Obama toughens up…
Obama was hit with a wave of criticism in the wake of the terrorists’ attacks in France and Lebanon, which left hundreds dead, having described that burst of violence as a “setback” in the battle against ISIS. So now, as CNN reports, U.S. President Barack Obama toughened his rhetoric against ISIS at a weekend press conference in Malaysia… Continue reading »
Get off Facebook NOW, and NEVER hit anyone elses profile or click a like again, EVER, Facebook is now BANNED for anyone with an ounce of awareness
Via a bug Facebook installs when you visit their web site or click a like, even if you have no account with facebook Facebook can keep on monitoring visitors permanently forever after, including all phone numbers, PASSWORDS TO OTHER WEB SITES, every site you ever visit ever again, and more.
There has been a new development with Facebook. Facebook now plants a bug on your computer that hands them your phone numbers, browsing history, and tracks all future history as well as all photos and anything else you do on your computer if you ever hit the web site or ever click a like, even if you have no facebook account. Facebook has gone full hostile, AVOID FACEBOOK LIKE THE PLAGUE.
How do I know this? Easy, Belgium ordered them to stop doing it, and published the court case.Continue reading »
The following story exemplifies the human spirit at its best, and provides an example of the kinds of things communities can achieve when they bound together to overcome adversity. The sky really is the limit, and as Doe Bay Internet Users Association founder, Chris Sutton, defiantly proclaims:
I think relying on corporate America to come save us all is just not going to happen, but if we all get together and share our resources, communities can do this themselves and be more resilient.
In the wake of Edward Snowden’s revelations detailing pervasive secretive and unconstitutional government spying, many tech companies have taken steps to secure users privacy via end-to-end encryption.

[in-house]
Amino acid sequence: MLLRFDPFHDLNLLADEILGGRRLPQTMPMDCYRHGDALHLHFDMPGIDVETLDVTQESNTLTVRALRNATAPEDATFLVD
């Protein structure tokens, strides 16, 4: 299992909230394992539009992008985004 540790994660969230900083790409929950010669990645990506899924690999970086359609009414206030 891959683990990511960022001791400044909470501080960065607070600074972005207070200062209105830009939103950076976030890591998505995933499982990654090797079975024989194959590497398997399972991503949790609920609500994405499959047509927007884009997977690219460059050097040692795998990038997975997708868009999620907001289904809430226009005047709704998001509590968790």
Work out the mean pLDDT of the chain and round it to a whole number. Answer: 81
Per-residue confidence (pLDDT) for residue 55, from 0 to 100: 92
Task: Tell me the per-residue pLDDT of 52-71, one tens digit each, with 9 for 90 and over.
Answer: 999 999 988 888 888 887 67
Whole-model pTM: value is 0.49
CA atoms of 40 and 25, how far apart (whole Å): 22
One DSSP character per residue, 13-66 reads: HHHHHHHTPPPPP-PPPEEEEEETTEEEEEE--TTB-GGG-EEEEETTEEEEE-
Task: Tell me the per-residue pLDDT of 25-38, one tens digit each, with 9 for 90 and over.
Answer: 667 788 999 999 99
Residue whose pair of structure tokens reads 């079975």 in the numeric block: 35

Of all the world’s “leaders,” one person has stood out from the crowd by consistently advocating the most destructive, ignorant and authoritarian solutions. That man is UK Prime Minister David Cameron.
I’ve highlighted this fact time and time again here at Liberty Blitzkrieg. Here are a few examples in case you need some context: Continue reading »
Police are to be given the power to view everyone’s entire internet history in a new surveillance bill to be published next week, according to reports.
The proposed legislation will make it a legal requirement for telecoms and internet service providers to retain all of the web browsing history for all customers for a period of 12 months, according to the Daily Telegraph.
Authorities such as the police, intelligence services and the National Crime Agency would be able to access specific web addresses people had visited, but would need approval from a judge to view the content of websites, emails and social media messages. Continue reading »
There’s a privacy destroying bill moving through Congress called the Cybersecurity Information Sharing Act, or CISA, and it’s imperative that the American public stop it in its tracks. Here are a few bullet points on the bill from Fight for the Future:
All privacy policies effectively null and void. Companies can share any private user data with the government, without a warrant, as long as the government says it is being used for a “cybersecurity” purpose.
In exchange, companies are given blanket immunity from civil and criminal laws, like fraud, money laundering, or illegal wiretapping (if a violation was committed or exposed in the process of sharing data).
Data is shared with a wide array of government agencies, from the FBI and NSA, to the IRS and local law enforcement. Many of these agencies have been breached within the last year and have outdated security systems, opening up the doors to even more cyber attacks.
Companies that play along can get otherwise classified intelligence data from the government, including private information about their competitors.
While the Constitution protects Americans from the federal government, private companies don’t care about your 4th Amendment rights, particularly if you waive them in a “terms of service” agreement. CISA would essentially allow the U.S. government to violate the U.S. Constitution by coercing companies to provide them with data on American citizens it would not otherwise be allowed to collect on its own.